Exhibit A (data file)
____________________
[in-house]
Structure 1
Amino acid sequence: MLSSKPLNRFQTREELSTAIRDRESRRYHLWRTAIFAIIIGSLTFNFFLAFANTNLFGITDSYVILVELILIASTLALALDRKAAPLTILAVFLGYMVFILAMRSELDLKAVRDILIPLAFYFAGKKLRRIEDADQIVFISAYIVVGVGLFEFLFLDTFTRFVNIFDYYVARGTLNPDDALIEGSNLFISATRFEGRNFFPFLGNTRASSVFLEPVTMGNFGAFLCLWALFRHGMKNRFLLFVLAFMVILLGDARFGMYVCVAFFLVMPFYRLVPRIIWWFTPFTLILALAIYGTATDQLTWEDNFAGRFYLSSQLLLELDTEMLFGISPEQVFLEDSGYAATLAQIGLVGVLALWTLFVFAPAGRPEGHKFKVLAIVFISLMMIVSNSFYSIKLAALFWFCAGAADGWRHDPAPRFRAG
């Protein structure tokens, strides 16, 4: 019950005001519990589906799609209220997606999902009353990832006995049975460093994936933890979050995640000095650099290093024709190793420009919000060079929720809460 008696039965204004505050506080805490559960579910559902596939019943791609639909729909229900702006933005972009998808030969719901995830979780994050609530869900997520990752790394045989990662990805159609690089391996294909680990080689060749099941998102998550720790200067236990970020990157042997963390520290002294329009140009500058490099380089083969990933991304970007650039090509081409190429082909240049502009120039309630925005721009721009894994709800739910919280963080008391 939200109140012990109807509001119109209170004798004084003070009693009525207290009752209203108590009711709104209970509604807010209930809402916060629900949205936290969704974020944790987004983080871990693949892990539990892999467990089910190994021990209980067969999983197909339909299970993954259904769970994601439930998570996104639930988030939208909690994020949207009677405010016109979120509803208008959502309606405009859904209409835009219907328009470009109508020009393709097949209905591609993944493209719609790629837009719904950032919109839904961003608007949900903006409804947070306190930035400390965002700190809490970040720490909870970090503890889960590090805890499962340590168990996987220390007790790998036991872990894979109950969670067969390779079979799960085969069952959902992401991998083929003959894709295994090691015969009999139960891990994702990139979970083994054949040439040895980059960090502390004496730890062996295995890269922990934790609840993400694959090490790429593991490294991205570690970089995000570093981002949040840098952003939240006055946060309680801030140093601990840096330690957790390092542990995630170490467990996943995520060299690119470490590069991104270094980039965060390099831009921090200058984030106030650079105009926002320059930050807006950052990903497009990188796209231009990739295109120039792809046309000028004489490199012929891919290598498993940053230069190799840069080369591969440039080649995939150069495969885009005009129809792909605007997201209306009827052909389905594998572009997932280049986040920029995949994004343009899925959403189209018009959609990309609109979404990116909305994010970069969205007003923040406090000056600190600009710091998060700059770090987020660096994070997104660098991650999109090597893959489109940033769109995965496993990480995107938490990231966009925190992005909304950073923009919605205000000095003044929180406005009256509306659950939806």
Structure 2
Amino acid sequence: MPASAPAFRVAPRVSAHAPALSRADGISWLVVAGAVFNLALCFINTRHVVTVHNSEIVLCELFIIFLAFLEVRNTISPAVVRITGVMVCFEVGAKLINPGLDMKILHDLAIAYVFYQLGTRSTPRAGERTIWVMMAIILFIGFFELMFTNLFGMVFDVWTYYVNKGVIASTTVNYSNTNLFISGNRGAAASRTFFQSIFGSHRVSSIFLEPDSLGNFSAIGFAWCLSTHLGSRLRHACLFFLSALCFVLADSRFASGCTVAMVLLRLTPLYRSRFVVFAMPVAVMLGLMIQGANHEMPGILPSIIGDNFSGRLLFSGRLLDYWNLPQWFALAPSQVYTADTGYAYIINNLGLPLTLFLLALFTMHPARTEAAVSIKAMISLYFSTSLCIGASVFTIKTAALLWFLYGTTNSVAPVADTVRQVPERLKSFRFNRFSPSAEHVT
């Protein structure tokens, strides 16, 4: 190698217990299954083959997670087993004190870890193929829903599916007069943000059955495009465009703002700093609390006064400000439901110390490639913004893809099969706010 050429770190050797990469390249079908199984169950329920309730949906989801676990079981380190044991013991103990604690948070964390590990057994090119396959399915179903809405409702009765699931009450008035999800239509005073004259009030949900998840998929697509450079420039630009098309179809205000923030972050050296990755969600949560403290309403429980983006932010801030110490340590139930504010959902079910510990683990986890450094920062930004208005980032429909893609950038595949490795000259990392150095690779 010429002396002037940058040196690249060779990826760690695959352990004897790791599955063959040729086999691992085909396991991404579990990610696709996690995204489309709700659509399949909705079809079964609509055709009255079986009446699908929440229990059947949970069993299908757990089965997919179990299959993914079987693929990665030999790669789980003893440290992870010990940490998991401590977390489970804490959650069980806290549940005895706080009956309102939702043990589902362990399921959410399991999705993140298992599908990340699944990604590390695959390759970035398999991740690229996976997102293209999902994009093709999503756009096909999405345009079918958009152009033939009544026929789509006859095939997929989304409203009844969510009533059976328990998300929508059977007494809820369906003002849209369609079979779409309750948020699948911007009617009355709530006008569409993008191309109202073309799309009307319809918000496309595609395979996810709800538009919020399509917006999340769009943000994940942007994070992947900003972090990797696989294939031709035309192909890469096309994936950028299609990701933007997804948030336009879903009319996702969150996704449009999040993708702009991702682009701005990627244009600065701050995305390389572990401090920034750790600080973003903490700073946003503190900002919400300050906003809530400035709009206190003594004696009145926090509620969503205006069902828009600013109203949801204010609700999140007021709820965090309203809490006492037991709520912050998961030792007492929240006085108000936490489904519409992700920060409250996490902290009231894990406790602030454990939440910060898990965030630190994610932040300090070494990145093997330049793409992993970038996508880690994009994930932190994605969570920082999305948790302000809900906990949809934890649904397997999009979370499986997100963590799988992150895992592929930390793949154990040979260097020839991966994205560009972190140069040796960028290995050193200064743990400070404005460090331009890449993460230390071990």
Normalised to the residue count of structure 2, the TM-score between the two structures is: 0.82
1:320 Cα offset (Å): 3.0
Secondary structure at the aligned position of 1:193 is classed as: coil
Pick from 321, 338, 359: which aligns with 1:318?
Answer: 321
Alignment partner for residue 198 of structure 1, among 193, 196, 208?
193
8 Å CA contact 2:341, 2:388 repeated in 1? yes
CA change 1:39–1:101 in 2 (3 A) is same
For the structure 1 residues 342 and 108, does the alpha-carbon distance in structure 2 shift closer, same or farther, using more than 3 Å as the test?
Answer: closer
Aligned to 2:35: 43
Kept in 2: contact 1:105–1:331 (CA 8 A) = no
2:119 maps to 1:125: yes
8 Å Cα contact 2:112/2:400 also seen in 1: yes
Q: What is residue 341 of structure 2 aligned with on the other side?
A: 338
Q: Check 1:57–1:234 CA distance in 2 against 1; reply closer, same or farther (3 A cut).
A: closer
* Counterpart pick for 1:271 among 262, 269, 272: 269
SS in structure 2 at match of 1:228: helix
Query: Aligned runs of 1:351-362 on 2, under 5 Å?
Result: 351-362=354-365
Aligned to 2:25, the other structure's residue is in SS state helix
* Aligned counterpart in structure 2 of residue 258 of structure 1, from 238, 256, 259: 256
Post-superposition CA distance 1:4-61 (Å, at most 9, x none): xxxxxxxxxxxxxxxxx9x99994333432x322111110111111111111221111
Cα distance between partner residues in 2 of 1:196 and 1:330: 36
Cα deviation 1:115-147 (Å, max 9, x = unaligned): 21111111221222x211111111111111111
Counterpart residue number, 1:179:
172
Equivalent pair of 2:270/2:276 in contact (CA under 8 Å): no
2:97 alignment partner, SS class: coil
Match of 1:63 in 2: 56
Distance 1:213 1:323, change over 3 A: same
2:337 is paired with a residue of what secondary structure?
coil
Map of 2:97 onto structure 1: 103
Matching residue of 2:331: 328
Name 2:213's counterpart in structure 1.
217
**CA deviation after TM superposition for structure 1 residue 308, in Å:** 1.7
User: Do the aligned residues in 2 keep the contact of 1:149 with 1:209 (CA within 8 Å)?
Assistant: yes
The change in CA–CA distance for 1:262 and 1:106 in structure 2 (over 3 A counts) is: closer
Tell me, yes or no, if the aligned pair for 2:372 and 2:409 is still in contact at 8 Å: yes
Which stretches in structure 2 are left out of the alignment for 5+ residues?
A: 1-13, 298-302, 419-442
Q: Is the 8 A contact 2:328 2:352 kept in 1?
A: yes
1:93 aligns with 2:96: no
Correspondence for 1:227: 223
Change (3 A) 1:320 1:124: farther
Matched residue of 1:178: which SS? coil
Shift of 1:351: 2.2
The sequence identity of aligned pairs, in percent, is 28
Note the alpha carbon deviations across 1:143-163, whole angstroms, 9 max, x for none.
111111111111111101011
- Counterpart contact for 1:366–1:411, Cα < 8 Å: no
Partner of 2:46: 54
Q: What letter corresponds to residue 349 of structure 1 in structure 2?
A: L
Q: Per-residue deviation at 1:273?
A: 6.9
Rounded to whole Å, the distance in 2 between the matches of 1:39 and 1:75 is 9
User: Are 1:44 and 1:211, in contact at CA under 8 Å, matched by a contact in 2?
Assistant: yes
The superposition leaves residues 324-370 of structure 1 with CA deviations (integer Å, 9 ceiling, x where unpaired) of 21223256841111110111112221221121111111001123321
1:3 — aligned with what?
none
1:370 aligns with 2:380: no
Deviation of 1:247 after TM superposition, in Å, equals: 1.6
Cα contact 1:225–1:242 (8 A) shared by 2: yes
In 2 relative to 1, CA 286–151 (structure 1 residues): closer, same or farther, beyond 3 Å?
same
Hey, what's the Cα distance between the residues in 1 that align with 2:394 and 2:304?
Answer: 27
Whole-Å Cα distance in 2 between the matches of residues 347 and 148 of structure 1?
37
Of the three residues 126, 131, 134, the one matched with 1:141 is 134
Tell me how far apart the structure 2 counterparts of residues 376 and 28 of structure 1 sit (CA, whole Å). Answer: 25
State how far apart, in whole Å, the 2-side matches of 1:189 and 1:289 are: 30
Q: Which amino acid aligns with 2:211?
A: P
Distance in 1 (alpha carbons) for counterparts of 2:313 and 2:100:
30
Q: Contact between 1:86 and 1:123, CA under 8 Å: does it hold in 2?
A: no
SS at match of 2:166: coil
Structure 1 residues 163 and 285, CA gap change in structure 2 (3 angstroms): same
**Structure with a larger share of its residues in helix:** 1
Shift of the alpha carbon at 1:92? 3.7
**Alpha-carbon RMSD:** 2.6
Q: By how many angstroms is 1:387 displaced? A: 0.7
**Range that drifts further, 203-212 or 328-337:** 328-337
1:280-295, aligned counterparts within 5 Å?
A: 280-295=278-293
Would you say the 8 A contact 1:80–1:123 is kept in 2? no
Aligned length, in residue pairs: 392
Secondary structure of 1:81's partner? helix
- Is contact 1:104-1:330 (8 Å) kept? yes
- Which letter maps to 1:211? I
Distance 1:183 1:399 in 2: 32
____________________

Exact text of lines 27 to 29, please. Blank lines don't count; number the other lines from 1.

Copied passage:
* Counterpart pick for 1:271 among 262, 269, 272: 269
SS in structure 2 at match of 1:228: helix
Query: Aligned runs of 1:351-362 on 2, under 5 Å?